High Point University

Panthers support community amid COVID-19 pandemic

Caption: HPU donated 14,000 bottles of water to local organizations and first responders, including the High Point Fire Department. Photo by highpoint.edu

By Elise Coby

Staff Writer

Despite the weight and sadness of COVID-19, there is still room for hope and positivity. During this stressful and uncertain time, showing support and giving back to local communities are inspirational ways to spread positivity.

“From health and wellness, to volunteering, to supplying medical provisions for frontline responders, HPU is grateful to reside in a community that takes care of one another, just as we’re committed to helping take care of our community,” said High Point University President Nido Qubein. “With faithful courage, our community and our nation will move forward to a better future. Remember that this too shall pass.”

From donations of water bottles and ponchos to donations in support of emergency funds, HPU has shown the importance of being a part of a large community and supporting each other during challenging times. 

Recently, HPU donated 14,000 bottles of water to the Greater High Point Food Alliance, Guilford County EMS, Community Clinic of High Point, High Point Fire Department, High Point Police Department, High Point Housing Authority, High Point Physical Therapy Pro Bono Clinic, Macedonia Family Resource Center, Open Door Ministries and other area organizations.

A donation of 5,000 HPU ponchos went to Guilford County EMS for any personal protective equipment shortages, and more than 4,000 meals were donated to Open Door Ministries. Additionally, in the tradition of HPU supporting the United Way of Greater High Point with a $300,000 gift, $50,000 is specifically being designated for the United Way’s Emergency Fund.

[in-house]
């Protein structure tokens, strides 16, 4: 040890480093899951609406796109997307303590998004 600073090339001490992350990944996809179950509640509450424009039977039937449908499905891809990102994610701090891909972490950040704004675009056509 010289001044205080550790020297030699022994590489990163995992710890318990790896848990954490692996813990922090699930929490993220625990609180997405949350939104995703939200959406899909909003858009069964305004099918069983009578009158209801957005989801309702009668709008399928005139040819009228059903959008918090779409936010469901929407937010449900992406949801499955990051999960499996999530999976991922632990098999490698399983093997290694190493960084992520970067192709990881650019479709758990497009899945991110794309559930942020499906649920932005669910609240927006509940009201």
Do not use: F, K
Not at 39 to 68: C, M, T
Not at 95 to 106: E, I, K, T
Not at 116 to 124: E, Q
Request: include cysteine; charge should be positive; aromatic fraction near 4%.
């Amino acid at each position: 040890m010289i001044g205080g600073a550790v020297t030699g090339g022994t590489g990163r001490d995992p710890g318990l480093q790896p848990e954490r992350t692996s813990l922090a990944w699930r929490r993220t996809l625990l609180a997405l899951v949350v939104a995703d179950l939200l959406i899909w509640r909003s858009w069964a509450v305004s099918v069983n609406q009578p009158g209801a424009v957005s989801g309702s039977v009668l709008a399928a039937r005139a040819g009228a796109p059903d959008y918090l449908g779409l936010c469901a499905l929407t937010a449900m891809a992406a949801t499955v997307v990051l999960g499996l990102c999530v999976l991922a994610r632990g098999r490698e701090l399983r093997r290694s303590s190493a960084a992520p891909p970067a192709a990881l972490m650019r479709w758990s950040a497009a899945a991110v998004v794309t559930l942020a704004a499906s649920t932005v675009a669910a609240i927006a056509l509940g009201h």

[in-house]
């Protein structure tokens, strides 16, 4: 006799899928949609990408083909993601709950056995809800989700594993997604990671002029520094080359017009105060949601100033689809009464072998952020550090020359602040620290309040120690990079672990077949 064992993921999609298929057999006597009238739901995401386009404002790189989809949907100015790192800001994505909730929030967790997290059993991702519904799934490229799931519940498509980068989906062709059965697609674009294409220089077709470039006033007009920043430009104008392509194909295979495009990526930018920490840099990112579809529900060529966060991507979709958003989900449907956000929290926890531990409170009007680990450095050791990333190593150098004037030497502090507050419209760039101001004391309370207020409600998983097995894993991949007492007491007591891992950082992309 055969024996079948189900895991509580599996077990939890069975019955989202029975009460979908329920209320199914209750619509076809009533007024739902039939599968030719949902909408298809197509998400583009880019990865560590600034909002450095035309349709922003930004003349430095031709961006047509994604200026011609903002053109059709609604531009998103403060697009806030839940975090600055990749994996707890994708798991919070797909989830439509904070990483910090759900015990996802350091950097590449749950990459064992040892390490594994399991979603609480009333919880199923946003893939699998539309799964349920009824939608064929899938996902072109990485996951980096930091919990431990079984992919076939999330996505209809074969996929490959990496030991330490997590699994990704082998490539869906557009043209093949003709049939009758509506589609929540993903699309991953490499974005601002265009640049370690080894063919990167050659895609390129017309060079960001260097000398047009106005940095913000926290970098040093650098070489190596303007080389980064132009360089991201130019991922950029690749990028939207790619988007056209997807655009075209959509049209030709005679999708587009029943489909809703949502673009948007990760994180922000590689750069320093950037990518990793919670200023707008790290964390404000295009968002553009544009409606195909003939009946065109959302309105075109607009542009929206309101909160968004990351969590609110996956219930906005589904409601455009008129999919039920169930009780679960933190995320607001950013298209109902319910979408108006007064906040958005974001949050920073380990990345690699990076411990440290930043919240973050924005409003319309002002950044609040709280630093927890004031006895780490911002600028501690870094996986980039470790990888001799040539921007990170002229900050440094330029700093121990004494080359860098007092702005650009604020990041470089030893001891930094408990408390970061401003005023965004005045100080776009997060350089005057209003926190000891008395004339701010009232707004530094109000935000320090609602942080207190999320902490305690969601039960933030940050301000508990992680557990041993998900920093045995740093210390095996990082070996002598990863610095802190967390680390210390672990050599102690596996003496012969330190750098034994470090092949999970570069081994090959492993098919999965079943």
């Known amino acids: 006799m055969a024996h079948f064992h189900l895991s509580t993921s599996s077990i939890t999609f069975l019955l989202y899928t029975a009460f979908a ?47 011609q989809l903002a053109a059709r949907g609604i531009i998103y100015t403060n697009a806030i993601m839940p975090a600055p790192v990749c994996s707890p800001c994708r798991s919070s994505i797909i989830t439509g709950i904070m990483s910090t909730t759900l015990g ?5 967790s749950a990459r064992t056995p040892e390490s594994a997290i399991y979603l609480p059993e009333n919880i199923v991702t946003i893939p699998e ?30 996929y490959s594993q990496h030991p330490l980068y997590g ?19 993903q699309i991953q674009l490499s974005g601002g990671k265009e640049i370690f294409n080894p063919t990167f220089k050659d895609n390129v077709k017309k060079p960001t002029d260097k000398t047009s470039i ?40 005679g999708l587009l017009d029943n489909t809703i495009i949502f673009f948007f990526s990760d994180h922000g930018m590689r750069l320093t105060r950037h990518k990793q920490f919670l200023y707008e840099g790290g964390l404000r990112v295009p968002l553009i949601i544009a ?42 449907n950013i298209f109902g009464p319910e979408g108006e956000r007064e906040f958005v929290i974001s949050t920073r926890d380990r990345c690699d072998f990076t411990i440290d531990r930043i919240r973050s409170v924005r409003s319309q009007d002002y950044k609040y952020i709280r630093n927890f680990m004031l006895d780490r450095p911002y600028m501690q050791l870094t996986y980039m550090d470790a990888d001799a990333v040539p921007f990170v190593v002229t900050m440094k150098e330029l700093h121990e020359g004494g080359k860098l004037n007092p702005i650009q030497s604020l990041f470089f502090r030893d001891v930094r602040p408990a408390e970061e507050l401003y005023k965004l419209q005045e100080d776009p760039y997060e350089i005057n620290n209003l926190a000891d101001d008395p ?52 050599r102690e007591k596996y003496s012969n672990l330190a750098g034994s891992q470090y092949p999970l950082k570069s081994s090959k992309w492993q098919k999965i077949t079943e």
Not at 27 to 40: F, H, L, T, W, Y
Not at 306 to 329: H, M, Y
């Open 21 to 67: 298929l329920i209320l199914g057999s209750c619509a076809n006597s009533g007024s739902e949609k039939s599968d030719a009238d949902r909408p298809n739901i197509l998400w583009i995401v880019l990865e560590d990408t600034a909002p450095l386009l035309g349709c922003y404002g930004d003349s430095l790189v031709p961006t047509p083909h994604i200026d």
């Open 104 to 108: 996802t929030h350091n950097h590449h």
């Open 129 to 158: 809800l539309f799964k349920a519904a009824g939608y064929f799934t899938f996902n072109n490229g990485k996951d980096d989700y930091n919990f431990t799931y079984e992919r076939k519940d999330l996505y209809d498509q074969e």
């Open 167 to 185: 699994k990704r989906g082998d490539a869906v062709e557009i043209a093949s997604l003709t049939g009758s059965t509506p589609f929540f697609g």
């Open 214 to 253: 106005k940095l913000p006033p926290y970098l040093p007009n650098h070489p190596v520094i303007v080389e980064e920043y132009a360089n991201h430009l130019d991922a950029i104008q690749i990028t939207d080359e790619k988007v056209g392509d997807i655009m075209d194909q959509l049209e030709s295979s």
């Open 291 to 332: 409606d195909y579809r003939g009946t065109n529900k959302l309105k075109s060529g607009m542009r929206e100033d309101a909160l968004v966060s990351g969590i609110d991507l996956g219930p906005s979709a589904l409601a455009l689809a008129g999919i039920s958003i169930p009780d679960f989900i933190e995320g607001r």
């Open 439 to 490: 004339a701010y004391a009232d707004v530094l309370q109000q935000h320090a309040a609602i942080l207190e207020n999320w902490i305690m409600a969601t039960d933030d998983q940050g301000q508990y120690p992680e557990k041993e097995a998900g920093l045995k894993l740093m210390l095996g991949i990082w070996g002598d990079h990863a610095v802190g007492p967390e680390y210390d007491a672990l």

The university’s faculty and staff have also become involved in showing their support. Associate Professor Dr. Kim Reich, the director of HPU’s health and wellness concentration, and her students are serving children and families by working with D-Up, an area nonprofit, on health promotion campaigns and activities. Dr. David Bergen, Chair and Professor of human relations, partnered with D-Up’s PNAC, an after-school program, to collect and distribute food to socioeconomically-challenged families.

Students have also worked together on various projects. Undergraduate science students are writing letters to retirement home communities. STEM activities for K-8 parents and students using Lego bricks were posted on YouTube by Stout School of Education faculty and students. Virtual astronomy shows are available for local elementary school children. The HPU Mobile Lab is also hosting a virtual Meet-A-Scientist session.

The HPU community continues to strive towards positive opportunities and support for the city of High Point during the COVID-19 pandemic.